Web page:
Mississippi officially has a new fantasy sports law on the books. Gov. Phil Bryant made his state the first to pass such a law in 2017; eight states enacted laws regarding daily fantasy sports in 2016.
Mississippi was actually one of those eight states, but last year’s law was a temporary provision that expired this year.
What happened in Mississippi for DFS
Bryant’s signature on Monday came after the state legislature approved the bill at the start of the month. The legislation made it easily through the state House and Senate this year.
The new law follows the effort in 2016 in which the state legalized DFS in the wake of the attorney general saying DFS was illegal gambling. That law, however, had a sunset provision that would have taken the law off the books in July.
Almost all major operators served the state under the 2016 law. Most of them are likely to stay in the state under the new law, which includes a licensing fee that costs $5,000 over three years and a tax of eight percent of revenue generated in the state.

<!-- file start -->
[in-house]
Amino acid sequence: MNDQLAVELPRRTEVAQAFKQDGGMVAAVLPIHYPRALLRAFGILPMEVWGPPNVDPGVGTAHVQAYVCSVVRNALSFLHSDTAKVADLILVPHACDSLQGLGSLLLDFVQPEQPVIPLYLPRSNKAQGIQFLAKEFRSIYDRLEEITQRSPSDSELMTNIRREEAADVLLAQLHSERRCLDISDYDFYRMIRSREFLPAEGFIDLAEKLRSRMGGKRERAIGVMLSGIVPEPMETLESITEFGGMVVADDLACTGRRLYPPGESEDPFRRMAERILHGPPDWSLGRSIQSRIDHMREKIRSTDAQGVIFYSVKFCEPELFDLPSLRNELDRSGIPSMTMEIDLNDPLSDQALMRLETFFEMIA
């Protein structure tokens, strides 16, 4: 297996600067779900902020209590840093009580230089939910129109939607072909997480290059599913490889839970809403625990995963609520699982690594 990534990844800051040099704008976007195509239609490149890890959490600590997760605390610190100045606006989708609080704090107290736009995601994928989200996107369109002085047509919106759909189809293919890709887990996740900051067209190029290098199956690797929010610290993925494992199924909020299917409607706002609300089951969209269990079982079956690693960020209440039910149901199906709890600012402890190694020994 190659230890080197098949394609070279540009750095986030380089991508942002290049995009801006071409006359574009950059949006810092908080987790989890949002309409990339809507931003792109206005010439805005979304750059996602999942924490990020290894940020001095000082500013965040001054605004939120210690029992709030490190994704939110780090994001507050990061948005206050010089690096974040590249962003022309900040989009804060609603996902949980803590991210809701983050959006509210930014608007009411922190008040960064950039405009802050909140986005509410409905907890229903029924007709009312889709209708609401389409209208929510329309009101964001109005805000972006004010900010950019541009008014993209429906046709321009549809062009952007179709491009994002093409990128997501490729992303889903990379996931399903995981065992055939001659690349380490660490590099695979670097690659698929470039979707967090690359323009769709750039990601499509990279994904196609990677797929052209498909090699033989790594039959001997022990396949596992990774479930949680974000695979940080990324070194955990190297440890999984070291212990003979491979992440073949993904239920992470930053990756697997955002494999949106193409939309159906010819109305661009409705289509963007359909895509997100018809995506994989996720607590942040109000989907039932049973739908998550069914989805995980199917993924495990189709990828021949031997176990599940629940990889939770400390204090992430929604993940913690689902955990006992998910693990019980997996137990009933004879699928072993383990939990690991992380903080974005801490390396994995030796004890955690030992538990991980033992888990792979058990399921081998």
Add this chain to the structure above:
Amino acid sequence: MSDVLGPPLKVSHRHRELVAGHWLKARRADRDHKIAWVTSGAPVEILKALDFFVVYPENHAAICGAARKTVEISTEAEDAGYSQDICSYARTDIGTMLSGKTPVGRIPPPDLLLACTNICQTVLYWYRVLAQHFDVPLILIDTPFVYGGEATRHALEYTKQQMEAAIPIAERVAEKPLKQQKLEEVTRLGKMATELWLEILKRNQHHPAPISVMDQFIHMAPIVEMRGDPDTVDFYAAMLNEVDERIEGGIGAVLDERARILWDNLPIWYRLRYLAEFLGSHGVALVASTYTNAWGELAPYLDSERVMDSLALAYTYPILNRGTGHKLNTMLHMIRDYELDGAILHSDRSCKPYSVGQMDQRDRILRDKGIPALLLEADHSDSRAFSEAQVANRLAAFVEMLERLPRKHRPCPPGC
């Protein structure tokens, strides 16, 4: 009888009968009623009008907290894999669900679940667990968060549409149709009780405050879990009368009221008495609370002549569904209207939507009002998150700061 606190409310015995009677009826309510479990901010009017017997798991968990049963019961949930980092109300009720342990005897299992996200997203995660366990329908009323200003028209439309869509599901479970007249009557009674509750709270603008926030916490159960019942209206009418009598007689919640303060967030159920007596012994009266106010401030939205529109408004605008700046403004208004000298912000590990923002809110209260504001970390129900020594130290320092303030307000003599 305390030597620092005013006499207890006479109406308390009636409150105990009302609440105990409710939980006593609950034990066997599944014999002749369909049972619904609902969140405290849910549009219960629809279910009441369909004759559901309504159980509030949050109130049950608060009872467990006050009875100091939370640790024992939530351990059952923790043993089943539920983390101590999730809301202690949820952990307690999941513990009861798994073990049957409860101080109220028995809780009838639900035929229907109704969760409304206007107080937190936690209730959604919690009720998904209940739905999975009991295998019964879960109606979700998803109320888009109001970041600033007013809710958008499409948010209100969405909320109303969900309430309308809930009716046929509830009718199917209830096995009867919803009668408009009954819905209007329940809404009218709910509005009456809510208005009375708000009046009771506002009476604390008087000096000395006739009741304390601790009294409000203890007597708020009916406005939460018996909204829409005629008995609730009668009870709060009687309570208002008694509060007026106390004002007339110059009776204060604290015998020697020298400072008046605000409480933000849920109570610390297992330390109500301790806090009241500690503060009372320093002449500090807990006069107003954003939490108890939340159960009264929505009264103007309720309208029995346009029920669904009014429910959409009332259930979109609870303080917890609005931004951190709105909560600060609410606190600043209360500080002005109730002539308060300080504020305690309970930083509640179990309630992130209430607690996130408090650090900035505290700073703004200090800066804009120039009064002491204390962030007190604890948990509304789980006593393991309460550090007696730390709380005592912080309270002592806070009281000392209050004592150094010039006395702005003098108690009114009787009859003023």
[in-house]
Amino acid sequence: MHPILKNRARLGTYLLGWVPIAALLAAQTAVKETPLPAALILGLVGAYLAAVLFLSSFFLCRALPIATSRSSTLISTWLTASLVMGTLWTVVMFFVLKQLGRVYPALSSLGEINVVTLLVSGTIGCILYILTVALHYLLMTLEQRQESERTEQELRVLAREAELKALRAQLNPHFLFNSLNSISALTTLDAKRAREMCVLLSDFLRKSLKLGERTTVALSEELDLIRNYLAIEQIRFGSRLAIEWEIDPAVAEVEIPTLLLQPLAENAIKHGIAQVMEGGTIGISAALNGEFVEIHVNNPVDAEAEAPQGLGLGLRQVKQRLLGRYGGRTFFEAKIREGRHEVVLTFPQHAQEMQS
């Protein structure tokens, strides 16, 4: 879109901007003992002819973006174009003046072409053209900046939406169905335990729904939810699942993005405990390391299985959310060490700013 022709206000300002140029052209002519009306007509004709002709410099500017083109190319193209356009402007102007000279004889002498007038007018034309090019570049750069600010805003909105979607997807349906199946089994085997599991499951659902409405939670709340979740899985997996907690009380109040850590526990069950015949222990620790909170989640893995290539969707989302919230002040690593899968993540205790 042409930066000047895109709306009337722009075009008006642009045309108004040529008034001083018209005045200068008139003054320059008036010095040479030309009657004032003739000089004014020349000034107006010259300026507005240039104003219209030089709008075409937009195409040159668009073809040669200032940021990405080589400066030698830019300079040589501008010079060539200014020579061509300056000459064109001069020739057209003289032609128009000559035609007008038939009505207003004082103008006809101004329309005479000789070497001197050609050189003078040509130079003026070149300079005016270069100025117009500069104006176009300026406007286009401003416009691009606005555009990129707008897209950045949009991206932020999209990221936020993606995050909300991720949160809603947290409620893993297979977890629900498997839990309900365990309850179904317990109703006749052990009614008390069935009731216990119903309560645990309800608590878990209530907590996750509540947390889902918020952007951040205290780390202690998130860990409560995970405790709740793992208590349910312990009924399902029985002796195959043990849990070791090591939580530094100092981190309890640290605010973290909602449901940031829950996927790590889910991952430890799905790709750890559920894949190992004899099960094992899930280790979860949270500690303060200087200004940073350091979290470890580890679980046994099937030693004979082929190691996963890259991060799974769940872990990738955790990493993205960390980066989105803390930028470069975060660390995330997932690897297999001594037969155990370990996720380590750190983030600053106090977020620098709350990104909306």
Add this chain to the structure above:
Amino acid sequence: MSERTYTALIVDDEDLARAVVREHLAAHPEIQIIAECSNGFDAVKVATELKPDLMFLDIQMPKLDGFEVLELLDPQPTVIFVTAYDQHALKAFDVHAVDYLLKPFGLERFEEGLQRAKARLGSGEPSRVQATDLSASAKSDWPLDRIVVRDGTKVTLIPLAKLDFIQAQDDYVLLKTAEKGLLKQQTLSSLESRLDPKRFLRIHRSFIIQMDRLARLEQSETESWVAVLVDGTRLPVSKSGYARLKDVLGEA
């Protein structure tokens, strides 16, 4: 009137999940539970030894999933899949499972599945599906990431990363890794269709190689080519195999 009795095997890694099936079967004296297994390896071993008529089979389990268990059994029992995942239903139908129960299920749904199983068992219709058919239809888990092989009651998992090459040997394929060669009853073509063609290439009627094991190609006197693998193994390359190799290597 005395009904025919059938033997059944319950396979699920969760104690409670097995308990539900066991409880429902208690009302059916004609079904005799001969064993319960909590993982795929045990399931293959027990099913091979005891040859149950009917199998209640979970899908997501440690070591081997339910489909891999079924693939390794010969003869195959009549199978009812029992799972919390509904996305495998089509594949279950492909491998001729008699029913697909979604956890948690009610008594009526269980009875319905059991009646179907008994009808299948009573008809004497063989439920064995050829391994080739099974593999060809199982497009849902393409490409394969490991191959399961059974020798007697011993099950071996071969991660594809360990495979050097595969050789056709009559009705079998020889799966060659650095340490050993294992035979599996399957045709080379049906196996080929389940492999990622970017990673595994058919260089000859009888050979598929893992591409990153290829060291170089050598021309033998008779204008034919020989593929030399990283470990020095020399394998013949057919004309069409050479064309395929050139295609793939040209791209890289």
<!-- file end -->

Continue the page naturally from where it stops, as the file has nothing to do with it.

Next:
The states where DFS is explicitly legal
Mississippi was one of a number of states that passed legislation that explicitly legalized and regulated DFS in recent years. The others:
- Colorado (2016)
- Indiana (2016)
- Virginia (2016)
- Tennessee (2016)
- New York (2016)
- Missouri (2016)
- Massachusetts (2016)
- Maryland (2012, the legality of its law has been questioned by the state’s attorney general.)
- Kansas (2015, only legalized paid-entry fantasy sports)
Bigger fish to fry for DFS
Mississippi’s new law is certainly a win for the DFS industry. The alternative — going back to a state law where legal clarity is murky at best — would be less than optimal.
But still, the focus of the industry is passing laws in states where laws are not on the books regarding fantasy sports. The biggest of those is Texas, where a legislative battle is poised to take place this year.
Image: Gov. Phil Bryant